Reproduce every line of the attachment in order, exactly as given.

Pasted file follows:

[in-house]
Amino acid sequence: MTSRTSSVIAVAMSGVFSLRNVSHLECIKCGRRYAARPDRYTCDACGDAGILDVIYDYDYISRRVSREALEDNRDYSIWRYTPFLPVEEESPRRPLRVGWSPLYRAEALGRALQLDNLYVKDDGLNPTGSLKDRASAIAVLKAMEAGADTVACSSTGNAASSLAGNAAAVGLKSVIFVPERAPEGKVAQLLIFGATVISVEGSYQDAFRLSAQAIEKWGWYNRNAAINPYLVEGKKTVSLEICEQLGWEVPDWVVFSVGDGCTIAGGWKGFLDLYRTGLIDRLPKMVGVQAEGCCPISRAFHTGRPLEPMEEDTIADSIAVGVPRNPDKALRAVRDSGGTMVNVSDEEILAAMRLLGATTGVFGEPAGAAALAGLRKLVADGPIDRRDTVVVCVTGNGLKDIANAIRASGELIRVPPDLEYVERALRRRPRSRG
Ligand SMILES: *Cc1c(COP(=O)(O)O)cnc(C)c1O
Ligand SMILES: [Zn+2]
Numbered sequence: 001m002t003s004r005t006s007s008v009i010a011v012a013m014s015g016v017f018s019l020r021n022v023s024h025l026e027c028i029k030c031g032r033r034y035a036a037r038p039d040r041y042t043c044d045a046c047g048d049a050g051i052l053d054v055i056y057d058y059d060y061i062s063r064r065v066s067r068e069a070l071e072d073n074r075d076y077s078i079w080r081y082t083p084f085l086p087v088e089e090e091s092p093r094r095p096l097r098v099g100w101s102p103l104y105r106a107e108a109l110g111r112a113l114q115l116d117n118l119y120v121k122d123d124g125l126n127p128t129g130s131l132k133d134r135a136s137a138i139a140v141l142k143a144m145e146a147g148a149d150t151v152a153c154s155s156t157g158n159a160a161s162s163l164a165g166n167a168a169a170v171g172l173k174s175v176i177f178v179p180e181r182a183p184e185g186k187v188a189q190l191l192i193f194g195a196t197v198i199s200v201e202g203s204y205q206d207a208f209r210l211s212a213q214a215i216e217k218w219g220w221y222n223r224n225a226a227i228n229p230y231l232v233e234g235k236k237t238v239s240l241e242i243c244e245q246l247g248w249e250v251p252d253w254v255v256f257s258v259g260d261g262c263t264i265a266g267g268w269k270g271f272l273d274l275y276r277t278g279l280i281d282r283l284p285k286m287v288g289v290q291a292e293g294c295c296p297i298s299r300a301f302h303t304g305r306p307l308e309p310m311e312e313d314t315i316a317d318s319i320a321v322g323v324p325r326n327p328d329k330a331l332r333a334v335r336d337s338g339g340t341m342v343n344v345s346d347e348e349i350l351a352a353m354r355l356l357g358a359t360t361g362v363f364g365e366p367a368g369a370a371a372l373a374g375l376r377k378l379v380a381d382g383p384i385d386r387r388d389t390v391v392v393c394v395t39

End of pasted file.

[in-house]
Amino acid sequence: MTSRTSSVIAVAMSGVFSLRNVSHLECIKCGRRYAARPDRYTCDACGDAGILDVIYDYDYISRRVSREALEDNRDYSIWRYTPFLPVEEESPRRPLRVGWSPLYRAEALGRALQLDNLYVKDDGLNPTGSLKDRASAIAVLKAMEAGADTVACSSTGNAASSLAGNAAAVGLKSVIFVPERAPEGKVAQLLIFGATVISVEGSYQDAFRLSAQAIEKWGWYNRNAAINPYLVEGKKTVSLEICEQLGWEVPDWVVFSVGDGCTIAGGWKGFLDLYRTGLIDRLPKMVGVQAEGCCPISRAFHTGRPLEPMEEDTIADSIAVGVPRNPDKALRAVRDSGGTMVNVSDEEILAAMRLLGATTGVFGEPAGAAALAGLRKLVADGPIDRRDTVVVCVTGNGLKDIANAIRASGELIRVPPDLEYVERALRRRPRSRG
Ligand SMILES: *Cc1c(COP(=O)(O)O)cnc(C)c1O
Ligand SMILES: [Zn+2]
Numbered sequence: 001m002t003s004r005t006s007s008v009i010a011v012a013m014s015g016v017f018s019l020r021n022v023s024h025l026e027c028i029k030c031g032r033r034y035a036a037r038p039d040r041y042t043c044d045a046c047g048d049a050g051i052l053d054v055i056y057d058y059d060y061i062s063r064r065v066s067r068e069a070l071e072d073n074r075d076y077s078i079w080r081y082t083p084f085l086p087v088e089e090e091s092p093r094r095p096l097r098v099g100w101s102p103l104y105r106a107e108a109l110g111r112a113l114q115l116d117n118l119y120v121k122d123d124g125l126n127p128t129g130s131l132k133d134r135a136s137a138i139a140v141l142k143a144m145e146a147g148a149d150t151v152a153c154s155s156t157g158n159a160a161s162s163l164a165g166n167a168a169a170v171g172l173k174s175v176i177f178v179p180e181r182a183p184e185g186k187v188a189q190l191l192i193f194g195a196t197v198i199s200v201e202g203s204y205q206d207a208f209r210l211s212a213q214a215i216e217k218w219g220w221y222n223r224n225a226a227i228n229p230y231l232v233e234g235k236k237t238v239s240l241e242i243c244e245q246l247g248w249e250v251p252d253w254v255v256f257s258v259g260d261g262c263t264i265a266g267g268w269k270g271f272l273d274l275y276r277t278g279l280i281d282r283l284p285k286m287v288g289v290q291a292e293g294c295c296p297i298s299r300a301f302h303t304g305r306p307l308e309p310m311e312e313d314t315i316a317d318s319i320a321v322g323v324p325r326n327p328d329k330a331l332r333a334v335r336d337s338g339g340t341m342v343n344v345s346d347e348e349i350l351a352a353m354r355l356l357g358a359t360t361g362v363f364g365e366p367a368g369a370a371a372l373a374g375l376r377k378l379v380a381d382g383p384i385d386r387r388d389t390v391v392v393c394v395t39